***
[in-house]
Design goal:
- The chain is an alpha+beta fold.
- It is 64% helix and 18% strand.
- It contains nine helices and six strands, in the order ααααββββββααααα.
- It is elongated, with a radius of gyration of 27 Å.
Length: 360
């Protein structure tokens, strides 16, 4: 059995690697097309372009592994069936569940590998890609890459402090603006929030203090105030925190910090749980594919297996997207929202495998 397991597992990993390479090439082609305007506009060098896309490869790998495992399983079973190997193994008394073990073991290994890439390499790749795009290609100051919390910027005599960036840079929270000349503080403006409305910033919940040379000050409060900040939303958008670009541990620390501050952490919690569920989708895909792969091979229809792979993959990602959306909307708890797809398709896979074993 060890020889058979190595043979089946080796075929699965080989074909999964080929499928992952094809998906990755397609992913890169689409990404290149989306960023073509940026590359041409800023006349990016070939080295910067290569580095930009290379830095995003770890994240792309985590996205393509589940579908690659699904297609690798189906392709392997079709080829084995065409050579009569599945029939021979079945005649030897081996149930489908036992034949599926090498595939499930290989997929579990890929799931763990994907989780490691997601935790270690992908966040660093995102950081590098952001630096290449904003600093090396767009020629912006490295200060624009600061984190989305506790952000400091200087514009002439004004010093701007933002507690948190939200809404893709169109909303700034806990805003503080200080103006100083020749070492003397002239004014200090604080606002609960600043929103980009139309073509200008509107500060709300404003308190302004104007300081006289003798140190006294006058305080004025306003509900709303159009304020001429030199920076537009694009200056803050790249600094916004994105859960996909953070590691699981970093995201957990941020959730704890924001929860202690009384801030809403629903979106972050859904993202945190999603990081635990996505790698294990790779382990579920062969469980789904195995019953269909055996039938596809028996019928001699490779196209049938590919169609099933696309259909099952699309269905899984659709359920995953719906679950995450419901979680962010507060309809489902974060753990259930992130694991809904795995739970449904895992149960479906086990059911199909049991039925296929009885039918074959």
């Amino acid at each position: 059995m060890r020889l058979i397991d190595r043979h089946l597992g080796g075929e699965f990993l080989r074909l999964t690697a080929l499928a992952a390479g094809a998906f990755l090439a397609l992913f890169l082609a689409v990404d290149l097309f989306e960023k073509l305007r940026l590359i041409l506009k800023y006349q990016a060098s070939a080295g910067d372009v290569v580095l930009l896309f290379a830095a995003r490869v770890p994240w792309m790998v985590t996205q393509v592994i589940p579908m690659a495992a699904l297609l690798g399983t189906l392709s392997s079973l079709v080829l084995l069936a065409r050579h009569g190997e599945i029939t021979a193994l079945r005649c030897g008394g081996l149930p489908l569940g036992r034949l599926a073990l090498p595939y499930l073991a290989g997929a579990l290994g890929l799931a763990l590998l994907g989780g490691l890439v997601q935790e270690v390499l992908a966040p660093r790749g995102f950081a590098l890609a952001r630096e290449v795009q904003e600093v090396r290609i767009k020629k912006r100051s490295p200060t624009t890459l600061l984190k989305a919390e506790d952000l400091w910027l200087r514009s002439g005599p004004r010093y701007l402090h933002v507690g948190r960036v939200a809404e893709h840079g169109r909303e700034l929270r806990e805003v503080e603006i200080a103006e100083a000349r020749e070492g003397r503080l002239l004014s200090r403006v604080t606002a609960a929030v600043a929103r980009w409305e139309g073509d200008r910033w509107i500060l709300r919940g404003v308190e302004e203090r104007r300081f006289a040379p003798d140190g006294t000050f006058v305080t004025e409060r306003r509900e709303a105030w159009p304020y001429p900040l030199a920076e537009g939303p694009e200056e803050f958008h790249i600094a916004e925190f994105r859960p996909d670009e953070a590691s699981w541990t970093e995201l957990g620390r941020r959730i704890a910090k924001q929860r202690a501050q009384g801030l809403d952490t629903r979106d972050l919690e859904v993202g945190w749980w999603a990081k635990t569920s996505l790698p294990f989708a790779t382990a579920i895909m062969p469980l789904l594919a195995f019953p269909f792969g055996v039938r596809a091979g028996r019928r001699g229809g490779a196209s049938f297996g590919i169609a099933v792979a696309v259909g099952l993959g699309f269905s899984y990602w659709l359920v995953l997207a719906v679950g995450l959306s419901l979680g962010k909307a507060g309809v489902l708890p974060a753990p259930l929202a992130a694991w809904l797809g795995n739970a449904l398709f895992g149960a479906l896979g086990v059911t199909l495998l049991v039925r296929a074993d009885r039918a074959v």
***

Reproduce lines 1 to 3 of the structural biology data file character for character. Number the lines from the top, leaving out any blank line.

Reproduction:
[in-house]
Design goal:
- The chain is an alpha+beta fold.